Identifying data sources and targets

On z/OS, data sources and targets that exist as datasets are identified by DDNAME. Sources and targets must be defined by DD statements in the execution JCL before a map can be executed.

When you create a map to be run using the Command Server for z/OS Batch, define source and target names associated with input and output cards. If a map is tested on a Windows platform before being executed on a z/OS platform, data source and target names typically use the Windows file naming convention of drive:path\filename.extension. When a map executes on z/OS Batch, source and target names are converted to valid z/OS DDNAMES by removing drive, path, and extension, converting _ characters to # characters, and translating the remaining characters to uppercase.

Consider the following example. A map is to be executed on z/OS Batch. It has one input and one output-both of them sequential datasets. The map was developed on a Windows platform; for testing purposes the data source was initially defined as C:\My\Data\In_file.txt and the data target was defined as F:\Outfile.dat. When the map executes on z/OS Batch, source and target names are converted to DDNAMES. The data source name becomes IN#FILE and the data target name becomes OUTFILE. The execution JCL must contain the following DD statements:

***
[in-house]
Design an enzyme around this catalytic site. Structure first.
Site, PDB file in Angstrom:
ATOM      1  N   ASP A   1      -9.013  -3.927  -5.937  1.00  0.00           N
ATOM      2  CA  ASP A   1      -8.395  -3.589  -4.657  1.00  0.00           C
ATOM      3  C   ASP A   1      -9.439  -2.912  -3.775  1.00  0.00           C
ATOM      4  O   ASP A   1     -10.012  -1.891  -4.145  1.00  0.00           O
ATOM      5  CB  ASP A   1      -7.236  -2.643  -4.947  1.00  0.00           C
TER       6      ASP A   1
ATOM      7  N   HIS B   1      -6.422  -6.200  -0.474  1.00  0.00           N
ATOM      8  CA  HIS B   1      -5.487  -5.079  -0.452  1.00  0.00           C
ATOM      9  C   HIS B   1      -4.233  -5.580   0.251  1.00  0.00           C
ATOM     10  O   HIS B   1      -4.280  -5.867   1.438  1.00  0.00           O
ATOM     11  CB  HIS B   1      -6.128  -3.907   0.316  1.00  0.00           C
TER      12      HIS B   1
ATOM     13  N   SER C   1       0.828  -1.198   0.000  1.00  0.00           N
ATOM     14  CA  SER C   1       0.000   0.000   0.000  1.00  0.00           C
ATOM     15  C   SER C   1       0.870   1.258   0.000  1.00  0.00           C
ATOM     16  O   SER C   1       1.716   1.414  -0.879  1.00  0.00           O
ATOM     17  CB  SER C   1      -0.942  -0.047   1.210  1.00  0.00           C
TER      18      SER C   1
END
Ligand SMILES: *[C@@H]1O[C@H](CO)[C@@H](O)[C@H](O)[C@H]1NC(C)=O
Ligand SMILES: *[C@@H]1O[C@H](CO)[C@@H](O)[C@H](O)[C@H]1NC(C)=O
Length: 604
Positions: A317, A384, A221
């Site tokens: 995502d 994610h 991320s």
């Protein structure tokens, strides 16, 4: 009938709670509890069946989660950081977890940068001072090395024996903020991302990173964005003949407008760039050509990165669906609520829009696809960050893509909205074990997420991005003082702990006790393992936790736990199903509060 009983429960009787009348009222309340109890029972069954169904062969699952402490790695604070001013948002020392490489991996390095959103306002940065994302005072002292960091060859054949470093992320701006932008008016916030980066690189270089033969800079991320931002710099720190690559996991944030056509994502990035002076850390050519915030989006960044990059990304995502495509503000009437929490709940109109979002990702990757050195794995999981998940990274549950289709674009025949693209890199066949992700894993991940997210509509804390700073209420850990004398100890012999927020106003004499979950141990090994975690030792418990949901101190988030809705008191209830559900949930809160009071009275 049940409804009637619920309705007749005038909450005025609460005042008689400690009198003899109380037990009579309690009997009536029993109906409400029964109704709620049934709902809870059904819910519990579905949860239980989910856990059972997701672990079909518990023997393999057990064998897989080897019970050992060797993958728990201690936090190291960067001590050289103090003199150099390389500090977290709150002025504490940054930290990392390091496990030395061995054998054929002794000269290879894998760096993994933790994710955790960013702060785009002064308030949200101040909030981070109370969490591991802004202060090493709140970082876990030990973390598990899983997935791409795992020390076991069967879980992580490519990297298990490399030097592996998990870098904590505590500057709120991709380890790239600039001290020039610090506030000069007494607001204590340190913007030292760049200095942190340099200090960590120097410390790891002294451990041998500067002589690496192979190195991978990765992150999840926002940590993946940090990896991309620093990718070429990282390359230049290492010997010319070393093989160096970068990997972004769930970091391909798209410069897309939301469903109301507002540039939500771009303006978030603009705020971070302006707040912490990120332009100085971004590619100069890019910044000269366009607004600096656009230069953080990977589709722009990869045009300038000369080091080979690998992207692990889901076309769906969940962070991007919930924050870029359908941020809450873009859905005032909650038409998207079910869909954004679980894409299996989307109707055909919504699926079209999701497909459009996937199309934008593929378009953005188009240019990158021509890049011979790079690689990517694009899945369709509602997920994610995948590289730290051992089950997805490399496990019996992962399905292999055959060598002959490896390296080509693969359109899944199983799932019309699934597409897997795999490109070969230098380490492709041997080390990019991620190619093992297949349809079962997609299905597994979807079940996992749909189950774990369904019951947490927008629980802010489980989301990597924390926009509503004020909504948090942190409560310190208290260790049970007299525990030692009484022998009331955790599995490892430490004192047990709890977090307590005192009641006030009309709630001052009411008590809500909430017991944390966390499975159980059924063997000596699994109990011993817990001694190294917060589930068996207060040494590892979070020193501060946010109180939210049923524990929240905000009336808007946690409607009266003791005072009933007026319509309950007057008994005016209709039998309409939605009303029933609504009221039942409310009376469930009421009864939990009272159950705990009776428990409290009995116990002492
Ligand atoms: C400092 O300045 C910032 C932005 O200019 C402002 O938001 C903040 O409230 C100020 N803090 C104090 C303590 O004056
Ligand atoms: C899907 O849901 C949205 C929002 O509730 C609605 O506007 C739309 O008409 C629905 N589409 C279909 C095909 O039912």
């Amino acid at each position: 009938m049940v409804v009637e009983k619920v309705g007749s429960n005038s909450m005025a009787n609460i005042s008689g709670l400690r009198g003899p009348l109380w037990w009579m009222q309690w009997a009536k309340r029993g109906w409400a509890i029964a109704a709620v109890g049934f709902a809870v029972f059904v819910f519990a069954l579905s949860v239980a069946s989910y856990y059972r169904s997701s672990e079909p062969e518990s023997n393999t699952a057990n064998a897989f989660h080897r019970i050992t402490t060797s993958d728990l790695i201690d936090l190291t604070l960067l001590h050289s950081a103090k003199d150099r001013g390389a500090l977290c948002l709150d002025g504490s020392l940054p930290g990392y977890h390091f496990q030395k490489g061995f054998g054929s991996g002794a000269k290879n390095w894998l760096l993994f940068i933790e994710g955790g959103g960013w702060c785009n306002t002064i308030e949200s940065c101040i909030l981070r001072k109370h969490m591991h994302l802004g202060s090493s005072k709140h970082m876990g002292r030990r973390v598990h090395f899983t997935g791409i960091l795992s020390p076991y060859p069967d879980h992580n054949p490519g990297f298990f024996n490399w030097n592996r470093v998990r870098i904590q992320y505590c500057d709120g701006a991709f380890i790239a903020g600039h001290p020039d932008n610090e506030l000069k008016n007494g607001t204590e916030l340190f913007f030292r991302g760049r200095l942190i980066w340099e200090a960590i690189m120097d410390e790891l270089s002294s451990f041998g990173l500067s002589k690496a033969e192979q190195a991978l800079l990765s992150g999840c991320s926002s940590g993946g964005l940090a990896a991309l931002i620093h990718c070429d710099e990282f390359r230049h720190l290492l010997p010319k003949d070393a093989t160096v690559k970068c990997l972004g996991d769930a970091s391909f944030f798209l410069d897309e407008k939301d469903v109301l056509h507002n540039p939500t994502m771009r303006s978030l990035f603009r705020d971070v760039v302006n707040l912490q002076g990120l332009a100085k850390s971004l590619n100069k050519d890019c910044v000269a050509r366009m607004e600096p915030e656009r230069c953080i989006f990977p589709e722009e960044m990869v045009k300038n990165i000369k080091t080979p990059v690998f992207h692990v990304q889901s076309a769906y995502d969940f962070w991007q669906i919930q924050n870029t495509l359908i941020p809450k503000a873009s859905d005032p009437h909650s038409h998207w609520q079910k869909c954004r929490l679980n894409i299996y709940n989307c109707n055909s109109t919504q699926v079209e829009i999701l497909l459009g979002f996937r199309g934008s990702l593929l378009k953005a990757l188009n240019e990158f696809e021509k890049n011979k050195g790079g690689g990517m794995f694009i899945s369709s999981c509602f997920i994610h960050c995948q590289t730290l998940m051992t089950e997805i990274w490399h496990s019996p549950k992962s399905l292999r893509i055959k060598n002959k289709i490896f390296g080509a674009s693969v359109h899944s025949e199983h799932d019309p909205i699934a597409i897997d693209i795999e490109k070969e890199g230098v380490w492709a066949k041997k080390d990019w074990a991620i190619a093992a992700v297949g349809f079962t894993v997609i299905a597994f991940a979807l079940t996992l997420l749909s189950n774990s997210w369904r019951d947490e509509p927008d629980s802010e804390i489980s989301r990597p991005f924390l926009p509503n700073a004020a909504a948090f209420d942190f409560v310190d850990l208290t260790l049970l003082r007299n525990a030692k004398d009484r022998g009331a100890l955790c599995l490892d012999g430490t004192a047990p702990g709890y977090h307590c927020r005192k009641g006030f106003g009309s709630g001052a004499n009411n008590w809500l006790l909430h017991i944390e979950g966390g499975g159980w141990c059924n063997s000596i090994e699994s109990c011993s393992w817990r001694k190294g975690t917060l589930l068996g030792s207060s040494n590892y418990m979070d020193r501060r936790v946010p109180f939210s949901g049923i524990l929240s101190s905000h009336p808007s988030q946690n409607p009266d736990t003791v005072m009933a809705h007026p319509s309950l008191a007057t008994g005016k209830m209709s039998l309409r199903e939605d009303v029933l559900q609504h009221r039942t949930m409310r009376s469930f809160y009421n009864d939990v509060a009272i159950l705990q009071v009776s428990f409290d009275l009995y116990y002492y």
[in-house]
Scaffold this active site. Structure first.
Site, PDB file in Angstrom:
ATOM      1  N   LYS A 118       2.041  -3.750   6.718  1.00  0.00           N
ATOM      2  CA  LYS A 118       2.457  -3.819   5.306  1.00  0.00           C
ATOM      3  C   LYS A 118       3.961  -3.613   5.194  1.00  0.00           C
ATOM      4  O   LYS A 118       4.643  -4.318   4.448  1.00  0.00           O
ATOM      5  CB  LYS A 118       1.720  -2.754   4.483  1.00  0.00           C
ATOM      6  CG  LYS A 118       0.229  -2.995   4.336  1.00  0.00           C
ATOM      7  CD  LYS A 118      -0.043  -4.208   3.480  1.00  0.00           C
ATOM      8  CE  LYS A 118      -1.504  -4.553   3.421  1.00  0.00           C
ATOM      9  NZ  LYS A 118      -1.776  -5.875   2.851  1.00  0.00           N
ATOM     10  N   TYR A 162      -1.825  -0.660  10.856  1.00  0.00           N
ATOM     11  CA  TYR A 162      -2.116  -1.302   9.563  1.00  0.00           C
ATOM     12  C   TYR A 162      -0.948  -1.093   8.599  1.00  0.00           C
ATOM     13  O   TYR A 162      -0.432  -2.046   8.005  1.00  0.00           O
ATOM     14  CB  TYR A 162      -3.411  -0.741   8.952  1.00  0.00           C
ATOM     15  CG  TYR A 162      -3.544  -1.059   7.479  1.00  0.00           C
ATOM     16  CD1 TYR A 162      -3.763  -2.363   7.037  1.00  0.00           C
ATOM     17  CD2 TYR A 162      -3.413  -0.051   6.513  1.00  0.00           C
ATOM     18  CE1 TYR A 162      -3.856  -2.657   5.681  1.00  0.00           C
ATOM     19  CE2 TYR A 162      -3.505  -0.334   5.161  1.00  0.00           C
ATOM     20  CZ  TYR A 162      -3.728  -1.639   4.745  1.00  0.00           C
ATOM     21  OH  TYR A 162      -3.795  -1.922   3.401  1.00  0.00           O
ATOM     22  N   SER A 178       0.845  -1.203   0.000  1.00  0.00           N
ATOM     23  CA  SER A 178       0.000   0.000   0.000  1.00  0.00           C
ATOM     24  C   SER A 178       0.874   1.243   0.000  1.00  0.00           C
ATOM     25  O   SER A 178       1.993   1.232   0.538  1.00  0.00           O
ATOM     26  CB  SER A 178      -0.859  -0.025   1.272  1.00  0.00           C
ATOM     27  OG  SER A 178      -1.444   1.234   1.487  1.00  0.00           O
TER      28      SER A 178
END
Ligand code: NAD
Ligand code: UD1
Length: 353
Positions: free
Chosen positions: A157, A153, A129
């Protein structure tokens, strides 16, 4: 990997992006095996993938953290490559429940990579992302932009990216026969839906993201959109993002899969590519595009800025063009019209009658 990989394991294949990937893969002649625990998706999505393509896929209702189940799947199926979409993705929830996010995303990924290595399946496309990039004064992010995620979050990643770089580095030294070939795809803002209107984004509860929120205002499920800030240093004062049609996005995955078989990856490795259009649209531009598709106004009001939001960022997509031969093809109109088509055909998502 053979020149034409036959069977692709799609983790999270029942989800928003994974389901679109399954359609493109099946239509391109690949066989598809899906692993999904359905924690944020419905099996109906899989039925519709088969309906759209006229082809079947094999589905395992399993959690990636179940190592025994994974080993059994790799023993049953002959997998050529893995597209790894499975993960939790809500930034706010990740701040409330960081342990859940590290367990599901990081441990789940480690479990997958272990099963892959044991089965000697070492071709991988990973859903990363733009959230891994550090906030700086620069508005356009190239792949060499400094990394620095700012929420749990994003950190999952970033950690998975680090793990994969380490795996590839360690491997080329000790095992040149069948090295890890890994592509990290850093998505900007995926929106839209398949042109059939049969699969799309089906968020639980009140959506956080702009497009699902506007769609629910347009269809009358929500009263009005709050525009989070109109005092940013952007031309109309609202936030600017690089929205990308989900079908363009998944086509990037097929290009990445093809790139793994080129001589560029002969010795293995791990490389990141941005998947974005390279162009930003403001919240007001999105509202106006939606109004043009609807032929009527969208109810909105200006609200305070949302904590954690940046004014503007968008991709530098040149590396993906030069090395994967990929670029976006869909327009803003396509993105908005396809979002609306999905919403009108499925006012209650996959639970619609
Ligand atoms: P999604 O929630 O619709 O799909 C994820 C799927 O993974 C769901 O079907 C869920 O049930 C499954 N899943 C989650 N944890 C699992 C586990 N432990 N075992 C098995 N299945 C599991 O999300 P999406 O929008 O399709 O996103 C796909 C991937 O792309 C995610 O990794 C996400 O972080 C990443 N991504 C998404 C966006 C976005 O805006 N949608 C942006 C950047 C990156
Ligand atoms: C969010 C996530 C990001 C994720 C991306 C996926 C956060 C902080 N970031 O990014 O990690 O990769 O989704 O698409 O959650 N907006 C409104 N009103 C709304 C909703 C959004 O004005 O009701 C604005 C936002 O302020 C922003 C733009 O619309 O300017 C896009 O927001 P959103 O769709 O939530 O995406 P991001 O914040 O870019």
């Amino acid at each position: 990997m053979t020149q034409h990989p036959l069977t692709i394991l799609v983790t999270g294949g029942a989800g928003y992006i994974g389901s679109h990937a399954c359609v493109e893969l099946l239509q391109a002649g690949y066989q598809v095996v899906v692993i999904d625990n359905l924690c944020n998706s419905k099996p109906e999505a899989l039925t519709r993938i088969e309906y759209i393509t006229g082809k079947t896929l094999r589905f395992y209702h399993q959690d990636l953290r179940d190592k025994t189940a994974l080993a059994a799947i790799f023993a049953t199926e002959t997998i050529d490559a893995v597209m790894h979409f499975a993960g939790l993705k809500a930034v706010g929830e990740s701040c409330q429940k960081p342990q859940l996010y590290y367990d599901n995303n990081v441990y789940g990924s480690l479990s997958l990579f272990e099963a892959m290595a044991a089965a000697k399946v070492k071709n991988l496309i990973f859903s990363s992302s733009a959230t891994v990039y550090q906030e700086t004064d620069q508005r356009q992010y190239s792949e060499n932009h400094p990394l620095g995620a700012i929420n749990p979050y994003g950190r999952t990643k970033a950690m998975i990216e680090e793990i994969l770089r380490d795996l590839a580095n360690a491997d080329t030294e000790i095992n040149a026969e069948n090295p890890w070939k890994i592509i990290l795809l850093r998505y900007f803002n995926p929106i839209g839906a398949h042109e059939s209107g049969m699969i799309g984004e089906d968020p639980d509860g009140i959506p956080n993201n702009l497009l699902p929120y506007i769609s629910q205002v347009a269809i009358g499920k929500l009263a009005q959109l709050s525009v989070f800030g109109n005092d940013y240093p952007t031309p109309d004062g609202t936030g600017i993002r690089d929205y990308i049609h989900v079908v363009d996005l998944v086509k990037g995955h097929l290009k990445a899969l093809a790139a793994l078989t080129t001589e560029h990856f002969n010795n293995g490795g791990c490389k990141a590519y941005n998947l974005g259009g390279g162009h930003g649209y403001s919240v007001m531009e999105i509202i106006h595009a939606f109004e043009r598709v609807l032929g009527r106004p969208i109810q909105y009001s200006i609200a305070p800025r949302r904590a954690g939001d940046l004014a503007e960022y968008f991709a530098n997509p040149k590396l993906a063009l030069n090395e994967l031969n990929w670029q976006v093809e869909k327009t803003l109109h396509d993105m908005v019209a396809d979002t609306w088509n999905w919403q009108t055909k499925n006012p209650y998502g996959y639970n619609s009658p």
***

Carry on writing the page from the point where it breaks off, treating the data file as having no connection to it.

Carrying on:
//IN#FILE DD DSN=MY.INPUT,...

The DDNAME associated with a data source or target may be changed at run time using a card override on the command line passed in the PARM statement. Input and output card override commands are discussed in z/OS Batch Execution Commands .

The use of instream datasets for data sources is supported. If an instream dataset is used, ensure that no sequence numbers exist in columns 73 through 80; sequence numbers will be interpreted as data by the map. The GETANDSET function may not be used with instream datasets.

Note: If you are testing a map on a computer that is targeted to z/OS Batch, the process can be simplified by specifying data source and target names that, when converted, will resolve to the expected z/OS DDNAMES.